The LTE Experience: Ridiculously Fast

The WiFi Galaxy Tab 10.1's model number is GT-P7100. The 4G version is the SCH-I905. Both run Android 3.1 however the most recent update to the GT-P7100 that enabled TouchWiz isn't available for the SCH-I905 yet. The delayed update is likely due to additional testing that Verizon does on all software updates for devices on its network. Unfortunately this is a downside to any tablet operating on a cellular network, carrier testing doesn't seem to be the most efficient process in the world.

LTE in Honeycomb isn't all that different from EVDO. Instead of a 3G indicator you obviously get a 4G label in the corner of the screen:

There's no quick toggle between 3G and 4G similar to what you'd find on a smartphone. To force EVDO you have to go into Wireless & Networks, Mobile networks, System selection and finally select CDMA mode instead of LTE automatic:

Not being able to quickly turn off LTE is less of an issue on the Galaxy Tab 10.1 because of its gigantic battery. At nearly 26Whr you've got around 5x the battery capacity of an LTE phone. We'll get to that shortly. First let's look at the sort of speeds you can expect from the Galaxy Tab 10.1 on Verizon's LTE network.

To start, I did a simple timed loading test of the AnandTech.com front page on LTE, EVDO as well as my home cable internet connection via WiFi. I cleared the browser's cache before each set of runs and ran the test 5 times on each network. An average of the results are below:

AnandTech.com Loading Comparison

With a good enough backbone, WiFi can still obviously be faster than LTE on the Tab. The margin of victory is pretty slim though, and I'd guess the majority of WiFi networks you connect to on the go won't deliver 50Mbps of bandwidth downstream. The advantage over EVDO is not only noticeable, but huge.

I packed the Galaxy Tab 10.1 with me for drive tests around Raleigh, NC. Verizon flipped the switch on LTE in my area at the end of July and performance has been quite good since then. The histogram of my download tests is below:

Performance peaked at 35Mbps and it went as low as 5Mbps. Most of the tests fell within the 15 - 25Mbps range. Downstream performance was almost binary in my office: I'd either get 12Mbps or 25Mbps down, in the same physical location.

Upstream performance was also very good. Peak upstream speed topped out at 10Mbps, while typical speeds were closer to 5Mbps.

Brian Klug went over LTE in depth in our launch articles on the topic. I don't have too much to add but in using the Galaxy Tab 10.1 on Verizon's 4G network here are some thoughts:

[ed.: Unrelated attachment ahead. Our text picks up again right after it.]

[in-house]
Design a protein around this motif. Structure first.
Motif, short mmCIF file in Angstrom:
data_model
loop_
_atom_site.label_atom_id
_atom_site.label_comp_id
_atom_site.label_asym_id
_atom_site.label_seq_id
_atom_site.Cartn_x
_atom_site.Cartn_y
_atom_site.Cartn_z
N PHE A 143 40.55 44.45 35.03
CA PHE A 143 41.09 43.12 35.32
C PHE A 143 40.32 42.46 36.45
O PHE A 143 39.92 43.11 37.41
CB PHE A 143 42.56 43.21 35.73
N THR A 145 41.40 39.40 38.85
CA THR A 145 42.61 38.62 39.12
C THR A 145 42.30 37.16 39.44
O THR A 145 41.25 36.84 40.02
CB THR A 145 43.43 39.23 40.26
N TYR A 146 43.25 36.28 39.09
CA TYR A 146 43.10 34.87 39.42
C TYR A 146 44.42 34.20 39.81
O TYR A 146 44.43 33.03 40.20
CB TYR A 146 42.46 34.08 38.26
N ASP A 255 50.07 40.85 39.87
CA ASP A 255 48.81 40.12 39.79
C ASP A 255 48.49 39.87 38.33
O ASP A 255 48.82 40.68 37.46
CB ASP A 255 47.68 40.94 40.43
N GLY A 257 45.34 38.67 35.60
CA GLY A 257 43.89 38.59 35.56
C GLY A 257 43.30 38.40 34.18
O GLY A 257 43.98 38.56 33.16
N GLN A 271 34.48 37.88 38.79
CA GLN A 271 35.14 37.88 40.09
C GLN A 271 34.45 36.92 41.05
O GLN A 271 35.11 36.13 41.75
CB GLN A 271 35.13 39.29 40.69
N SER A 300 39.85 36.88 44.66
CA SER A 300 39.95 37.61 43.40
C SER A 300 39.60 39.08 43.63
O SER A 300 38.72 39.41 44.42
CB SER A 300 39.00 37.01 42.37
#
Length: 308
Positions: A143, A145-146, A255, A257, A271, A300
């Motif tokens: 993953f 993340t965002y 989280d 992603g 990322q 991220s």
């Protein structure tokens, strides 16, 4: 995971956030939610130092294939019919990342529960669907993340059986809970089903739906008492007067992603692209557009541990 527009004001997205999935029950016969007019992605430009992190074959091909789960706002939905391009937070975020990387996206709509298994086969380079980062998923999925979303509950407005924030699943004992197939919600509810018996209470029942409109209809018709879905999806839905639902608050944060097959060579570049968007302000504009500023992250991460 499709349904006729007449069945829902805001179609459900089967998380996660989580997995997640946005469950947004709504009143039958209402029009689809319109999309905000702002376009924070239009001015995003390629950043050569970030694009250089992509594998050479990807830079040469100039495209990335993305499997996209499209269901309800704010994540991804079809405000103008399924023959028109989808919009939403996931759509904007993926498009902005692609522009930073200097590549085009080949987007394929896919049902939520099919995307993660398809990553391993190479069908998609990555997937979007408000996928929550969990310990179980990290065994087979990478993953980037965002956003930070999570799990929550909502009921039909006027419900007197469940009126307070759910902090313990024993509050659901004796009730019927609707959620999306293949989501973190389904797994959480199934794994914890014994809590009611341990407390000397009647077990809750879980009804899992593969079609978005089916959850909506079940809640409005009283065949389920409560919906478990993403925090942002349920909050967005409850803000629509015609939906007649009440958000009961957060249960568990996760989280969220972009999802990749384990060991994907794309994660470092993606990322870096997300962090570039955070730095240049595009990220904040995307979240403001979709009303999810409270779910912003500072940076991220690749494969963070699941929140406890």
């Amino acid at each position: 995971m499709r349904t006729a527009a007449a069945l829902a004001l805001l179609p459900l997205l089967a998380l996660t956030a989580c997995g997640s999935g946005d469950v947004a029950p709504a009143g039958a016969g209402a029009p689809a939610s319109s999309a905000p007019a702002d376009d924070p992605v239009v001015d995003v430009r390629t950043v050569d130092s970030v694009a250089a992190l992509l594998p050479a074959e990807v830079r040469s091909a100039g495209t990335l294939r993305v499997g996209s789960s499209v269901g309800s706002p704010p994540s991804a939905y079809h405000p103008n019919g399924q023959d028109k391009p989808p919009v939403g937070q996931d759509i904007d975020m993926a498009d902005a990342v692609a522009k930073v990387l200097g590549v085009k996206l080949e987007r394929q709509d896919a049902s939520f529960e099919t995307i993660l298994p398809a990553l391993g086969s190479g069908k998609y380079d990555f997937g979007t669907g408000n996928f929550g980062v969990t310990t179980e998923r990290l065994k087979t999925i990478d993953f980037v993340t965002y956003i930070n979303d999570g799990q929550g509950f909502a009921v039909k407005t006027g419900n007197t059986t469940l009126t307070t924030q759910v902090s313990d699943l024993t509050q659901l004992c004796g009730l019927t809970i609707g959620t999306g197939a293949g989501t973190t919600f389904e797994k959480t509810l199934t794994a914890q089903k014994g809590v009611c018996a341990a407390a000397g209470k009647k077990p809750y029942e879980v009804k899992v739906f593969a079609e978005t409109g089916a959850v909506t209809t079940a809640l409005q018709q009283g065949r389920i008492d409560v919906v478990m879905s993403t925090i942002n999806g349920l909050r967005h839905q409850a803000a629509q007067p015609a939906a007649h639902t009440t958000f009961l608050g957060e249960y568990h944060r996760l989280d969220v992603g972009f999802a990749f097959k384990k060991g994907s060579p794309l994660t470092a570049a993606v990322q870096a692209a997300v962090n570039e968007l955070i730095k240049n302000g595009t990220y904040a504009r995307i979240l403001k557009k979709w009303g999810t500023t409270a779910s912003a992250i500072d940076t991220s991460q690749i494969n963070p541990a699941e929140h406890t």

1) Performance is amazing. It's like having great WiFi access anywhere you go. In fact, prior to Time Warner's DOCSIS 3 upgrade in my area, Verizon's LTE network is faster than what I used to be able to get over cable.
The tablet hardware itself doesn't appear to be limiting performance here. I got similar speeds over a standalone LTE MiFi as I did via the Galaxy Tab 10.1.

2) There's no penalty to using it as a hotspot either, performance remained the same whether I was on the tablet or on a notebook tethered to the tablet.

3) The 700MHz frequency helps signal propagation in a major way. Other than an all-concrete room in my basement I got great speeds regardless of where I was in my house.

4) Occasionally the Galaxy Tab 10.1 would act like it had no network connectivity, despite being in an area with great signal strength. This happened twice, once while using the tablet and once while using it as a hotspot. Disabling then re-enabling wireless connectivity (or the hotspot) fixed the problem in both situations.

Introduction Battery Life & The Best LTE Hotspot?
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  • kepler - Monday, August 15, 2011 - link

    The problem with your picture is that *you* are misleading people. That is a picture of the apps menu, not an actual home screen that would contain widgets and the sort.

    So maybe Samsung has an apps menu that looks like iOS. What about iOS 5's notifications? Why do Apple users sweep it under the rug? That is a * blatant* copy of Android's notification bar.

    I think iOS users are just mad that Samsung has a menu that can replicate their entire child's OS (not to mention the ability to customize it).
    Reply
  • Mugur - Tuesday, August 16, 2011 - link

    Yes, the biggest word here is "customization". Having 3 Android devices (HTC ChaCha, Dell Streak 5 and a Nook Color) I can tell you that they look like running something completely different for a non Android-versed person... :-)

    Also, I don't agree that Galaxy S2 looks like iPhone 4. At all. But the iPhone 4 looks 99% like Garmin nuvi 3790T... Come on, they all are rectangular in shape with round corners. I'm surrounded by people with iPhone 4 / iPad/iPad2 on one side and Samsung Galay S / S2 / Tab on the other: it's obviously that Apple went for the bigger competitor here.